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Opera in 3 acts
Libretto by Hugo von Hofmannsthal
First performed October 10 1919, Staatsoper, Vienna
This production first seen February 2 2002
Sung in German with German & English surtitles
Introduction (on video, in German) available here and on YouTube shortly before opening night
The Emperor is married to the daughter of Keikobad, King of the Spirits. He won her while out hunting when a white gazelle he wounded with an arrow was suddenly transformed into a beautiful woman. They are very happy. She has lost the power to transform herself into an animal since her marriage. She is, however, not completely human as she casts no shadow, the symbol of human nature, fertility and motherhood. A messenger from Keikobad appears and tells the nurse that unless the Empress casts a shadow within the next three days the Emperor will be turned to stone and the Empress returned to the spirit world. The Emperor sets off on a three day hunting trip, looking for his lost falcon. The falcon visits the Empress, singing “The woman casts no shadow, the Emperor must be turned to stone”. She's desperate and ready to do anything. The nurse tells her that they can only find a shadow in the world of human beings, which the nurse despises. They arrive, in disguise, at the home of Barak the Dyer, his wife, and his three brothers. His wife wishes the brothers would leave the house for good. Barak dreams of having lots of children but his discontented wife does not. The Empress and her nurse offer their services as maids. The nurse instinctively knows she can persuade Barak’s wife to sell her shadow. Using magic, she promises her a life of luxury in return for her shadow. The Empress is not aware how devious her nurse has been in making this transaction. Their conversation has meant that Barak’s supper's not ready in time. The nurse conjures one up. Alone, Barak’s wife hears the cries of her unborn children coming from a pan in which fish are frying. Barak returns to find his marriage bed divided, part of the pact his wife has sealed with the nurse means that she must deny her husband for three days. He lies alone, hearing voices singing the praises of marital love. ACT II The Empress and nurse will act as servants to Barak’s wife for three days. The nurse, hoping to lead Barak’s wife astray, conjures up a young man, whom Barak’s wife resists. Barak is miserable. The Emperor, lost out hunting, is led home by the falcon. He eventually finds his wife asleep in the falconer’s house, smelling of mankind. He resolves to kill her but cannot bring himself to do so. The Empress is very troubled and, feeling sorry for Barak, decides that she cannot take a shadow that can only be won through pain and guilt. The nurse is even more demonic on the third day. Barak’s wife, whipped into a frenzy by the nurse’s wiles, throws her shadow on the floor, tells Barak she's been unfaithful to him and sold her shadow. He reveals the strong side of his character. Intent on killing her, a sword appears as if by magic. She tells him that everything she has told him is not true, is repentent and begs him to kill her immediately. The nurse whisks the Empress away, fearing that stronger powers than hers are at work. ACT III Barak and his wife have been sucked into the spirit world and separated from each other. Both regret their actions and have forgiven each other. They now truly love and long for one another for the first time. Voices call to them to ascend. The nurse and Empress get out of a boat that has taken them to the temple of the spirit world. The Empress prepares for her father’s judgement. Barak and his wife, separately, meet the nurse outside the door to the temple, which she has been barred from entering. She spitefully sends them off in different directions. The nurse is banished to the world of humans. The Empress is told that if she drinks of the waters of life the shadow will be hers and her husband saved. Refusing to obtain happiness at the expense of others, the water disappears. She sees the Emperor – only his eyes appear not yet to have turned to stone. Tormented, she is tempted again by the water of life and, again, refuses it. Her goodness and strength are rewarded. The Emperor returns to life, she casts her own shadow, and both couples sing of their joy and humanity, accompanied by the voices of their unborn children.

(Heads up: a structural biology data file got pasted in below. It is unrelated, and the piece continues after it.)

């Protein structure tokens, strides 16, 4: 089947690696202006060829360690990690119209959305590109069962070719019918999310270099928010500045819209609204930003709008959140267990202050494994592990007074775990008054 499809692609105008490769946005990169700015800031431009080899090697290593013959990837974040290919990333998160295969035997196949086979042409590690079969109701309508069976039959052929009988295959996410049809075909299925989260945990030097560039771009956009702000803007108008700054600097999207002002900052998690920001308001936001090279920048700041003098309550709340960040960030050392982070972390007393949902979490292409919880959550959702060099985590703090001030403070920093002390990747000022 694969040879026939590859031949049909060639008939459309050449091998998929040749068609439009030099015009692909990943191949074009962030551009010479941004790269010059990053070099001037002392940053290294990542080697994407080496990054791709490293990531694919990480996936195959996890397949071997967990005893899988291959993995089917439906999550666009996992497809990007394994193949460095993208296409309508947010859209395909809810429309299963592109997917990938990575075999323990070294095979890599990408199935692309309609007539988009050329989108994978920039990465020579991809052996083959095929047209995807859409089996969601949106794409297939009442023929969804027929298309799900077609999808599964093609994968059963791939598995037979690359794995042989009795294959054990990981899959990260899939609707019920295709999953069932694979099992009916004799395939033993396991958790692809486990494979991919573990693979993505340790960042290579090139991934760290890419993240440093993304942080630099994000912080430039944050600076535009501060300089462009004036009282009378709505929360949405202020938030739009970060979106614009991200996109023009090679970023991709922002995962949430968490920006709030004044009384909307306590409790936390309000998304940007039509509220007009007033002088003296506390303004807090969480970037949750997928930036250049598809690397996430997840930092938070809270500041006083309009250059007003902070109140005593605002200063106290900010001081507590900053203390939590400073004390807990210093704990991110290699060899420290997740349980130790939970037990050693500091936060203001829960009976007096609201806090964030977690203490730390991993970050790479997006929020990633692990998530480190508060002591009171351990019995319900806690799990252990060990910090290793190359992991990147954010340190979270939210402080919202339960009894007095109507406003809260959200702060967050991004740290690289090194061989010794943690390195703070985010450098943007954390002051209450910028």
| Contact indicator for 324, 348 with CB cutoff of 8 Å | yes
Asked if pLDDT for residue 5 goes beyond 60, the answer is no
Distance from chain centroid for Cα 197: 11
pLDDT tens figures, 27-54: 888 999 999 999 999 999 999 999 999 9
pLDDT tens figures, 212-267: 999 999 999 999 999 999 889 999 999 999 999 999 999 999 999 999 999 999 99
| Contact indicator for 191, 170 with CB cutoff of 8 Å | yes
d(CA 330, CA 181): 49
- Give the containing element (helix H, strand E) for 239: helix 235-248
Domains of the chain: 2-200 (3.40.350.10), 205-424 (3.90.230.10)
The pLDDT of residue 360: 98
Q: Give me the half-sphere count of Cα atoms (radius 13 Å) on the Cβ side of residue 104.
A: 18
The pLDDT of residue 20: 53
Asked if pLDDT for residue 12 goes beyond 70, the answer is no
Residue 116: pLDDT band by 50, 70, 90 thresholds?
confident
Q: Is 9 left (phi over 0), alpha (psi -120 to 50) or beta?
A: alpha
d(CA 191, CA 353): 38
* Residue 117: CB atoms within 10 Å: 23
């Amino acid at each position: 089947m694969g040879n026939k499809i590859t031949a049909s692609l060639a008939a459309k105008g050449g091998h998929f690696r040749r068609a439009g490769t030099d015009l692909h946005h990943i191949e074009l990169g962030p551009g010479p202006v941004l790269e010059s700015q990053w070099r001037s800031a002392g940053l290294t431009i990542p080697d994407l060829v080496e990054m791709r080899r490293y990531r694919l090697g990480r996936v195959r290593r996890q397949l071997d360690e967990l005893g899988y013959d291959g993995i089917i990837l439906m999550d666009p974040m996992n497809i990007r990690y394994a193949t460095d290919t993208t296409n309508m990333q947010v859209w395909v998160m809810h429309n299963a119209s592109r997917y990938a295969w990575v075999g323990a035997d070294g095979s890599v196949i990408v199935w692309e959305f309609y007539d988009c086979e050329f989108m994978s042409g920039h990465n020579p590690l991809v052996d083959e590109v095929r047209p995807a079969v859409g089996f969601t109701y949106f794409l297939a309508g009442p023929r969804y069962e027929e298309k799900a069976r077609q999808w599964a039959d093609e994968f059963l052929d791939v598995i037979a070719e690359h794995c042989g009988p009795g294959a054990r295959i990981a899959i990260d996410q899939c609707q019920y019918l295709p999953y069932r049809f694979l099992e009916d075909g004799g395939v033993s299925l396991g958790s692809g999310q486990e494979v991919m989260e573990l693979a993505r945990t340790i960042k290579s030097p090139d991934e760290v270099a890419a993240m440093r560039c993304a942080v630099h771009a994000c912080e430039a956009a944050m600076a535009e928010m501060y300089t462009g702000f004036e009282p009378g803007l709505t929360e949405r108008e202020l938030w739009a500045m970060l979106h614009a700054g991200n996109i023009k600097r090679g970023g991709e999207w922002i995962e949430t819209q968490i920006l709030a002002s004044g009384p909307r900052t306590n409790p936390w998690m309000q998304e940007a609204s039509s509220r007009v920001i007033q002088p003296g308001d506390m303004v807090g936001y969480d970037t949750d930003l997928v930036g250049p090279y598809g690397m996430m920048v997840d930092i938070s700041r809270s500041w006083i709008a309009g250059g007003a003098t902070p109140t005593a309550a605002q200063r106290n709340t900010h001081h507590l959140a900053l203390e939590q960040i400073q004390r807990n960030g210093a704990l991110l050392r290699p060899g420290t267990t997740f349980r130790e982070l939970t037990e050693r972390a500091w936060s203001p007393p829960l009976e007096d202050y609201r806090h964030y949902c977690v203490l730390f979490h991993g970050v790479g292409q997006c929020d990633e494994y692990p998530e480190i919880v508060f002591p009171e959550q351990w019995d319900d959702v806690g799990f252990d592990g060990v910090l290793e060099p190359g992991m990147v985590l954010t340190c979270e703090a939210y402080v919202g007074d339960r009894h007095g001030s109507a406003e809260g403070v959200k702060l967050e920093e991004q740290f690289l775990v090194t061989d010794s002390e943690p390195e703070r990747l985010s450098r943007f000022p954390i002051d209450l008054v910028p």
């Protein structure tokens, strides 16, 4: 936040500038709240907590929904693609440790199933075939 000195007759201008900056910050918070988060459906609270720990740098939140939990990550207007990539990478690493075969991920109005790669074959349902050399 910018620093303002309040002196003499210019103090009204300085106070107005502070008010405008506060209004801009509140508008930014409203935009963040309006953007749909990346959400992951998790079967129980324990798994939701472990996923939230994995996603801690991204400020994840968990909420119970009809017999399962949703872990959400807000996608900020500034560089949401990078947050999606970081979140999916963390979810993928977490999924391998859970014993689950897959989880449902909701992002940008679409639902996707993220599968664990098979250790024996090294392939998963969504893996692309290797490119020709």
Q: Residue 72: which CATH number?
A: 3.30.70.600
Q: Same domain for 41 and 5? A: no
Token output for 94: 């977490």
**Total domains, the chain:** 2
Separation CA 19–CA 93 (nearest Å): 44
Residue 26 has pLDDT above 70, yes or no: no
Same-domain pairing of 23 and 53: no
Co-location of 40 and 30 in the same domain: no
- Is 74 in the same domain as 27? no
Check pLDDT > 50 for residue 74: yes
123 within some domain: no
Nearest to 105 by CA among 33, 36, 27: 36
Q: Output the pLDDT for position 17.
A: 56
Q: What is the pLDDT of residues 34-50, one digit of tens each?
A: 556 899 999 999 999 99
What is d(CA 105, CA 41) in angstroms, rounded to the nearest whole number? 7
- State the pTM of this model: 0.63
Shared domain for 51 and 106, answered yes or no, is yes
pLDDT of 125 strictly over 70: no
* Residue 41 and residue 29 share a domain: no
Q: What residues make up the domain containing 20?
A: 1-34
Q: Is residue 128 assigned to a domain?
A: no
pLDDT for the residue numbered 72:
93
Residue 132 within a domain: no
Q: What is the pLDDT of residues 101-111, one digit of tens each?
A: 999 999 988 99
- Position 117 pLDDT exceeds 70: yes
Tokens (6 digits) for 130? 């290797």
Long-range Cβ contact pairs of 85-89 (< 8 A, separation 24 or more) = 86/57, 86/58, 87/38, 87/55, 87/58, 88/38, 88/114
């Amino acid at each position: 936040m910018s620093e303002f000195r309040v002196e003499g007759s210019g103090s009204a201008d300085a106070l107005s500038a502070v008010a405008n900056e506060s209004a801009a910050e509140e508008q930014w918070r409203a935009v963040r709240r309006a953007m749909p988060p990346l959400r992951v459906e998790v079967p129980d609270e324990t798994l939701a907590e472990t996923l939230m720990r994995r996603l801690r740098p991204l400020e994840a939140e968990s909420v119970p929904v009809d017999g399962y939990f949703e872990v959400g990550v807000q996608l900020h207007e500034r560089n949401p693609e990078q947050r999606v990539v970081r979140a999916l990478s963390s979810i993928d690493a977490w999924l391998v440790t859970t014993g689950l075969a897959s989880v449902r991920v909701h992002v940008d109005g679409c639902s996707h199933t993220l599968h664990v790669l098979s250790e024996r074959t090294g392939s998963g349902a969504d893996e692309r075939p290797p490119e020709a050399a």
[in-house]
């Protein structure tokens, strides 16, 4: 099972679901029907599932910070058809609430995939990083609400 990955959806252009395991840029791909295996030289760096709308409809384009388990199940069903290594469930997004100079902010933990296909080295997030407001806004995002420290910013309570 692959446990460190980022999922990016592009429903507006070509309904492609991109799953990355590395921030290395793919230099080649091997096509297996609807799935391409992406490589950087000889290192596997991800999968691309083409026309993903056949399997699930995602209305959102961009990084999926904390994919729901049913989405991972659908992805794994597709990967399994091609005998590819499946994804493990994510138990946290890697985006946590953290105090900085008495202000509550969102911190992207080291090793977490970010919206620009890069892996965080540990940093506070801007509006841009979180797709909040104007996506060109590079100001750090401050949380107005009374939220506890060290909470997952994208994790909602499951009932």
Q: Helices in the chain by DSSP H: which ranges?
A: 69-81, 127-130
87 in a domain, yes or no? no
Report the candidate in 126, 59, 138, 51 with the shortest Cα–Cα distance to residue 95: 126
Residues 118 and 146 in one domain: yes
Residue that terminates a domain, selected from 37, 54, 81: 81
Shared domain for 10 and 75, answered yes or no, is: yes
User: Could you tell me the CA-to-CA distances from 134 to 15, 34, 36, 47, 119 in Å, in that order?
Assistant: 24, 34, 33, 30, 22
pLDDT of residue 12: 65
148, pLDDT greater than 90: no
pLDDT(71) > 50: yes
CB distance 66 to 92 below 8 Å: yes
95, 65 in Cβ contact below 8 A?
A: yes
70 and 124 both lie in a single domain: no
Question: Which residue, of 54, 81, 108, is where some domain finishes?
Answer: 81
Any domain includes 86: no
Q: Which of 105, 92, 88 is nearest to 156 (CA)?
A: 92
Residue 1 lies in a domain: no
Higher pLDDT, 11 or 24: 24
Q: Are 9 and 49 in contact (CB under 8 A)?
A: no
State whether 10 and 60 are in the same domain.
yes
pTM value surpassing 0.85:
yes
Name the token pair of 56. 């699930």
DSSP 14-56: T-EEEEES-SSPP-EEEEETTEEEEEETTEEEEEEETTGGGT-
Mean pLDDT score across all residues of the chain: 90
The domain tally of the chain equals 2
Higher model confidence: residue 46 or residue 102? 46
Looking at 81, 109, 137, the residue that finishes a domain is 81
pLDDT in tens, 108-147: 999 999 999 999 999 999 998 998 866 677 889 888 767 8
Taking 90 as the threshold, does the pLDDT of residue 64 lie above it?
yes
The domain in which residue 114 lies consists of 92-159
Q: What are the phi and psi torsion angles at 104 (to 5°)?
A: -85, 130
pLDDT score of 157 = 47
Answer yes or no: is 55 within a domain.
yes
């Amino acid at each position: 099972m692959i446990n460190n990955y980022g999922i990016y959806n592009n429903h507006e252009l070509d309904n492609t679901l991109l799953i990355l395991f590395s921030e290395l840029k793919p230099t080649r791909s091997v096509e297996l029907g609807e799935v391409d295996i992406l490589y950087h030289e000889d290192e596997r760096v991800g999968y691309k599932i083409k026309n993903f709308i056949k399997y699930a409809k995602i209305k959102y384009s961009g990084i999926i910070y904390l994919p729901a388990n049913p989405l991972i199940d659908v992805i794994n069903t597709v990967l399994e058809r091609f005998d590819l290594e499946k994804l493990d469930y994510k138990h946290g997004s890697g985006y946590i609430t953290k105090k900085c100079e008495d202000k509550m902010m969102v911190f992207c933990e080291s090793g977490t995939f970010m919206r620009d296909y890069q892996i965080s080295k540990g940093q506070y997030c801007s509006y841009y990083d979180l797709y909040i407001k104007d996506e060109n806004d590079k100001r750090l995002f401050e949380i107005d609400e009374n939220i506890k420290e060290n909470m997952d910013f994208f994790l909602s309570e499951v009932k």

Hugo von Hofmannsthal delved into the worlds of Arabian fairy tales, Norse and Christian mythology to create Richard Strauss' »fantastic opera«. Making final touches to Ariadne auf Naxos and World War I meant that finishing the work had to be delayed, but the resulting masterpiece, with its fairy tale structure and intoxicating music, was overwhelming. Christof Nel's 2003 production of this extraordinary work, with sometimes puzzling, enigmatic texts by Hofmannsthal, makes it seem to fly by, whisking you along with it. In keeping with the underlying oriental fairy tale between the worlds of spirits and humans, Nel managed to convey mysterious insights into the psyche of the protagonists with meticulous direction.